Should Hospitals - and Doctors - Apologize for Medical Mistakes?

By Boodman, Sandra G.; Post, Washington | St Louis Post-Dispatch (MO), April 9, 2017 | Go to article overview

Should Hospitals - and Doctors - Apologize for Medical Mistakes?


Boodman, Sandra G., Post, Washington, St Louis Post-Dispatch (MO)


When Donna Helen Crisp, 59, a nursing professor, entered a North Carolina teaching hospital for a routine hysterectomy in 2007, she expected to come home the next day.

Instead, Crisp spent weeks in a coma and underwent five surgeries to correct a near-fatal cascade of medical errors that left her with permanent injuries. Desperate for an explanation, Crisp, who is also a lawyer, said she repeatedly encountered a white wall of silence: The hospital and her surgeon refused to say little more than "things didn't go well." Crisp spent years piecing together what happened.

Jack Gentry said he "went into the hospital a patient and came out a victim." In 2013, the retired Baltimore police officer suffered a catastrophic spinal cord injury during disk replacement surgery at MedStar Union Memorial Hospital that left him a quadriplegic. But unlike Crisp, Gentry and his wife, a nurse, were immediately told what had gone wrong by his surgeon, who apologized for the error. The hospital covered Gentry's rehabilitation and other major expenses and paid an undisclosed amount in compensation, all without litigation. "When hospitals mess up, they need to do the right thing," Gentry said.

Johns Hopkins researchers recently estimated that medical mistakes kill 251,000 Americans annually, which would make such errors the third-leading cause of death. Traditionally, the only way for patients to find out what went wrong has been to sue.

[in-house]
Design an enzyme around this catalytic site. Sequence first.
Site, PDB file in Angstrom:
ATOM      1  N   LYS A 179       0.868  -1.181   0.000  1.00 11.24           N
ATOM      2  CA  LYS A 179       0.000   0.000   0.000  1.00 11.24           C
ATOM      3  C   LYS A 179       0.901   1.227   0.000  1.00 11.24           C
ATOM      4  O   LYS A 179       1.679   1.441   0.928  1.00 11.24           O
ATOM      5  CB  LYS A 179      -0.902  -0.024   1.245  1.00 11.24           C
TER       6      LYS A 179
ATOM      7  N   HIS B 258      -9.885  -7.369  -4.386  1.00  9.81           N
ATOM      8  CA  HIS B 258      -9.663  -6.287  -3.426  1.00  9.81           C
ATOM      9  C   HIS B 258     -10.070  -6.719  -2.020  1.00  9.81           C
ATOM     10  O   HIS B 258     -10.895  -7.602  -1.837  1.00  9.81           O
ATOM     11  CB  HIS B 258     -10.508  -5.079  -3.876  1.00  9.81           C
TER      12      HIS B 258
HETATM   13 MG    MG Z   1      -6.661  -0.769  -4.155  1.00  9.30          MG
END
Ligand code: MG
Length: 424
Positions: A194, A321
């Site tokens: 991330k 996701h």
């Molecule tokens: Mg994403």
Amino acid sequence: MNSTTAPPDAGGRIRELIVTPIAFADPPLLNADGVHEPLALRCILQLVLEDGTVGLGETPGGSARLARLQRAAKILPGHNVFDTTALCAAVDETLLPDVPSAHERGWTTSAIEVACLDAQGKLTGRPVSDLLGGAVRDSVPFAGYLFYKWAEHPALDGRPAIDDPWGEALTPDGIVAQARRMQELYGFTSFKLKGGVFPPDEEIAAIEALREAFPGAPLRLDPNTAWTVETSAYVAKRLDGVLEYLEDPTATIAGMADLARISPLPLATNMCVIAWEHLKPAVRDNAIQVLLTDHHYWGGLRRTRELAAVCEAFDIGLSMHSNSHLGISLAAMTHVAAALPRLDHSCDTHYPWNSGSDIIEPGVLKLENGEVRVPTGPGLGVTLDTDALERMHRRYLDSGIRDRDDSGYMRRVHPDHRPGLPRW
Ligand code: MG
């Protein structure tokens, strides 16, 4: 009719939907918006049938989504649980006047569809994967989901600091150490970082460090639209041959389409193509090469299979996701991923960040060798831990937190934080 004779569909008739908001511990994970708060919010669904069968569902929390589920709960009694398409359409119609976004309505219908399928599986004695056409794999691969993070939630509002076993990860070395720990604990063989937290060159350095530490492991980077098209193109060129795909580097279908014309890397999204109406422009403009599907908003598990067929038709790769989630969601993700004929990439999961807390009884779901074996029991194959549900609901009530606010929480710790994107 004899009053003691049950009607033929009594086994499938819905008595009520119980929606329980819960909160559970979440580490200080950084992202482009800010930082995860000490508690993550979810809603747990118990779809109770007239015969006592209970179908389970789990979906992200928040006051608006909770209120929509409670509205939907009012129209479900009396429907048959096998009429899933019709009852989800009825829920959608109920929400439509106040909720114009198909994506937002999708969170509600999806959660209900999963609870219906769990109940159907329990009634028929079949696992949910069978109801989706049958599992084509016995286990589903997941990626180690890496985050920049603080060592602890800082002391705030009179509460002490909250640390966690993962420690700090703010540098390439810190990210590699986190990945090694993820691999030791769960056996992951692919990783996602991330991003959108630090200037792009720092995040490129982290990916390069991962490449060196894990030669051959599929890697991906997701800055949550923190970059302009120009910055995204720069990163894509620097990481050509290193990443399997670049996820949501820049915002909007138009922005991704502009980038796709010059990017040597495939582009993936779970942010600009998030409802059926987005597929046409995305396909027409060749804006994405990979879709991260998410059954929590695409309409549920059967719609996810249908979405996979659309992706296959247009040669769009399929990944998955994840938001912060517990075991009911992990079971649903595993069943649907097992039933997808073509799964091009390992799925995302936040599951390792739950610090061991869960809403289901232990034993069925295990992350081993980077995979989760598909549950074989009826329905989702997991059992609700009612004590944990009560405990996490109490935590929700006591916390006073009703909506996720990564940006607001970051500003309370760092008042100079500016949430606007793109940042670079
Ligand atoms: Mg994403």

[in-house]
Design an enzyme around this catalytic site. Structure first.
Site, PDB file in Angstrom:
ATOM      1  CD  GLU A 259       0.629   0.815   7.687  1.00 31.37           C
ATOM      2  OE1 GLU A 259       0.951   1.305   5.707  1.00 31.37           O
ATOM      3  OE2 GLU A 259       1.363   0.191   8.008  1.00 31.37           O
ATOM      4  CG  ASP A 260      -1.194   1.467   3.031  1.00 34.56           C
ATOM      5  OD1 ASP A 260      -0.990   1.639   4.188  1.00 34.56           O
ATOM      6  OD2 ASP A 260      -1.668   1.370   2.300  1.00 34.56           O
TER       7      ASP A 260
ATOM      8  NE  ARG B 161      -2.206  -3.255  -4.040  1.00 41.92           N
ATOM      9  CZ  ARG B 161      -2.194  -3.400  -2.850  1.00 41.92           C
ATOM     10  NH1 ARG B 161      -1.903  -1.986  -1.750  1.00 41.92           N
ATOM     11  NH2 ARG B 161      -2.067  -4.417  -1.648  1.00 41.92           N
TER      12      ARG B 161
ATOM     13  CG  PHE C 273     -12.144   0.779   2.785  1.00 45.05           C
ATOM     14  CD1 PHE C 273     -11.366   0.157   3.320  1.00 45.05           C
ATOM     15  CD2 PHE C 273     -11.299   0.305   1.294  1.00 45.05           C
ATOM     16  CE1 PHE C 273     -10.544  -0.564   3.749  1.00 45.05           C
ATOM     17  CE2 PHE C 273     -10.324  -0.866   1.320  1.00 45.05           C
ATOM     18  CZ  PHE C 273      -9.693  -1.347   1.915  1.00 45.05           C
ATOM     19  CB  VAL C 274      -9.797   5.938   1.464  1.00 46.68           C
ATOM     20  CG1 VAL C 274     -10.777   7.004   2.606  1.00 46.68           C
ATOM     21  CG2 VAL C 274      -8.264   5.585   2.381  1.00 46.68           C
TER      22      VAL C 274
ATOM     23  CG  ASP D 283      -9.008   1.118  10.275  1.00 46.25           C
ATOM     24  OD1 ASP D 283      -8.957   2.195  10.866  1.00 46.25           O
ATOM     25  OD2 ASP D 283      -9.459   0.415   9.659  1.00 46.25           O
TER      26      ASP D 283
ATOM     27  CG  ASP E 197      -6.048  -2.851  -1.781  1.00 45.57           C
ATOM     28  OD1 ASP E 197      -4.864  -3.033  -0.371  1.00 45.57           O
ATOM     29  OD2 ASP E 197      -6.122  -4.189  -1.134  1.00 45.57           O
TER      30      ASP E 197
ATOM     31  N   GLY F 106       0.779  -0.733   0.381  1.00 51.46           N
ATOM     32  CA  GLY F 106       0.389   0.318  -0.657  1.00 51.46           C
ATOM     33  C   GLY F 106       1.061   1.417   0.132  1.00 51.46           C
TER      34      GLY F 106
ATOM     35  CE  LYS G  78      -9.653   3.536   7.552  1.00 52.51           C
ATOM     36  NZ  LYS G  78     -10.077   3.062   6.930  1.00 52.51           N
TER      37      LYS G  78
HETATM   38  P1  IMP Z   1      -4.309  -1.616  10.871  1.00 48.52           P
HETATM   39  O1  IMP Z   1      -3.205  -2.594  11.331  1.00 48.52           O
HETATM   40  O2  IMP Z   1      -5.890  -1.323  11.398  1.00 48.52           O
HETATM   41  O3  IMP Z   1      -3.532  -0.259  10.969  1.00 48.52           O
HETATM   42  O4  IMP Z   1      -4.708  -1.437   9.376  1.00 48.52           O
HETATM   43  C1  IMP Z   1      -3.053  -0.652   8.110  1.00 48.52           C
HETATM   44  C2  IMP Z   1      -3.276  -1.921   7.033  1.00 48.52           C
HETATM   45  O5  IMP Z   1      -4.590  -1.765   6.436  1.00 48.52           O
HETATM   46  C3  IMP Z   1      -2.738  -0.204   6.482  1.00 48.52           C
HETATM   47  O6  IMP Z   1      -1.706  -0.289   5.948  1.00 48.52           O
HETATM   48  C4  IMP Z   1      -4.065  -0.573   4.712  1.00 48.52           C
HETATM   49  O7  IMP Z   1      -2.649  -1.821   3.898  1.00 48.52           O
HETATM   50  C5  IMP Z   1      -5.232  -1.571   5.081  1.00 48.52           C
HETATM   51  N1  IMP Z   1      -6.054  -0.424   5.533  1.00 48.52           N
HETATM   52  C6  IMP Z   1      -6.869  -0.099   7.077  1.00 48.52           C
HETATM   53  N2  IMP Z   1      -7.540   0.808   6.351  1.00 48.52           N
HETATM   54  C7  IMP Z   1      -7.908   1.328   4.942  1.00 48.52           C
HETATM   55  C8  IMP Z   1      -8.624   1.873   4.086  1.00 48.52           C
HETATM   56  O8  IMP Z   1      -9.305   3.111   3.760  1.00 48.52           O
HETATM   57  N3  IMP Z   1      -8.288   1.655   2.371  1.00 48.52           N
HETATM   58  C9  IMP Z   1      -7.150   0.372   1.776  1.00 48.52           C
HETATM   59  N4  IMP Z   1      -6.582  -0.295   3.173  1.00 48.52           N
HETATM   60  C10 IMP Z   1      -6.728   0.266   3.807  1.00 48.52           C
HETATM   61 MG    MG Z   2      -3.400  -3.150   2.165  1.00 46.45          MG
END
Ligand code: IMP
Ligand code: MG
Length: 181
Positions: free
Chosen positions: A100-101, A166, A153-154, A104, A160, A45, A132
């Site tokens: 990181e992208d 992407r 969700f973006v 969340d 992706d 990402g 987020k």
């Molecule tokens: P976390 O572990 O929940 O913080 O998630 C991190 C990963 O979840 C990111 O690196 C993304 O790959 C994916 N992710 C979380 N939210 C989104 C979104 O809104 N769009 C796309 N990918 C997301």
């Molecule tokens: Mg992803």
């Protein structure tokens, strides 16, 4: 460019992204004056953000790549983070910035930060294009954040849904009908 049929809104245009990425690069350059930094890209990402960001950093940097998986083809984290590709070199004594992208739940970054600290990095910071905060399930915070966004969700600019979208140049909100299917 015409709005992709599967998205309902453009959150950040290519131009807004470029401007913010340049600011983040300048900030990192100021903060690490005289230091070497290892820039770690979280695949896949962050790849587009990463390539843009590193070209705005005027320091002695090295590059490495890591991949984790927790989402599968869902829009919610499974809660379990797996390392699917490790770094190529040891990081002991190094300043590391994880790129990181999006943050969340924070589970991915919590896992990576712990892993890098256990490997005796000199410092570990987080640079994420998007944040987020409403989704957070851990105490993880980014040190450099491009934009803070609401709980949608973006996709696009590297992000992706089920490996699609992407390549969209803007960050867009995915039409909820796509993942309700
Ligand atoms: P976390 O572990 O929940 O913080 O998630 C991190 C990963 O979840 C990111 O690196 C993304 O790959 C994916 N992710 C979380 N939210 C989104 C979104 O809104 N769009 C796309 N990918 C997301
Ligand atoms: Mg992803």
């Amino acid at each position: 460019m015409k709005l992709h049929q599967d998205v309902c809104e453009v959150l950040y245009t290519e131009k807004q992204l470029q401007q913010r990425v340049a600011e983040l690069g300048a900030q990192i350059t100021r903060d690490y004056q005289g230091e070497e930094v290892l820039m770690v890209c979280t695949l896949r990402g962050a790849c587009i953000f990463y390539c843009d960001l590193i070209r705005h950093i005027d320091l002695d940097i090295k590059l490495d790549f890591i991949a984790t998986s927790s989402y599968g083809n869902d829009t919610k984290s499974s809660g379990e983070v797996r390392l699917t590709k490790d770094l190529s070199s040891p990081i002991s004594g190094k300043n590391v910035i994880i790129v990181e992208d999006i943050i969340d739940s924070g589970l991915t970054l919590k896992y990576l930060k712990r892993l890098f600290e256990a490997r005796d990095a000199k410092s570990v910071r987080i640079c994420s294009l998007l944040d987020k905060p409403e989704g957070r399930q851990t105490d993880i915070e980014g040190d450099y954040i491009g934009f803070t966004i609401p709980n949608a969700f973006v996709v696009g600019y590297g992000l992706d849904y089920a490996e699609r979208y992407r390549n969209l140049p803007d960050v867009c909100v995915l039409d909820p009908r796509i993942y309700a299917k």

enter CANDOR

A blueprint for the approach employed in Gentry's case is being promoted by the federal Agency for Healthcare Research and Quality. Called CANDOR, for Communication and Optimal Resolution, the approach is modeled on a long-standing program pioneered at the University of Michigan. It was tested in 14 hospitals around the country, including MedStar Washington Hospital Center and MedStar's Georgetown University Hospital.

Although they differ, these programs which typically feature prompt investigation of errors whose findings are shared with the victims, as well as an apology and compensation for injuries are operating at the University of Illinois at Chicago, Stanford and eight hospitals and clinics in Massachusetts. Despite fears that the new approach would encourage lawsuits, the opposite has proved true. In Michigan, the number of lawsuits was cut nearly in half, and the hospital system saved about $2 million in litigation costs in the first year after the model was adopted in 2001.

"The whole point of this isn't to drop malpractice costs, it's to drive patient safety," said Richard Boothman, University of Michigan Health System's director of clinical safety and chief risk officer, who launched the program after a career defending doctors and hospitals. "We need to hard-wire as quickly as possible the lessons of these cases."

In most hospitals, Boothman said, patient safety experts do not routinely talk to risk managers who handle malpractice claims. As a result, valuable information about prevention is lost.

'tortuous process'

Most patients never learn they are victims of a medical error. A landmark 1991 Harvard study found that only 2 percent of people harmed by errors file a lawsuit. Those who do face daunting odds: Patients lose 80 percent of malpractice cases. Huge litigation costs, combined with laws that have reduced damage awards in many states, have left many unable to find a lawyer because plaintiffs' lawyers are paid on contingency. Malpractice cases typically take three or more years to resolve. …

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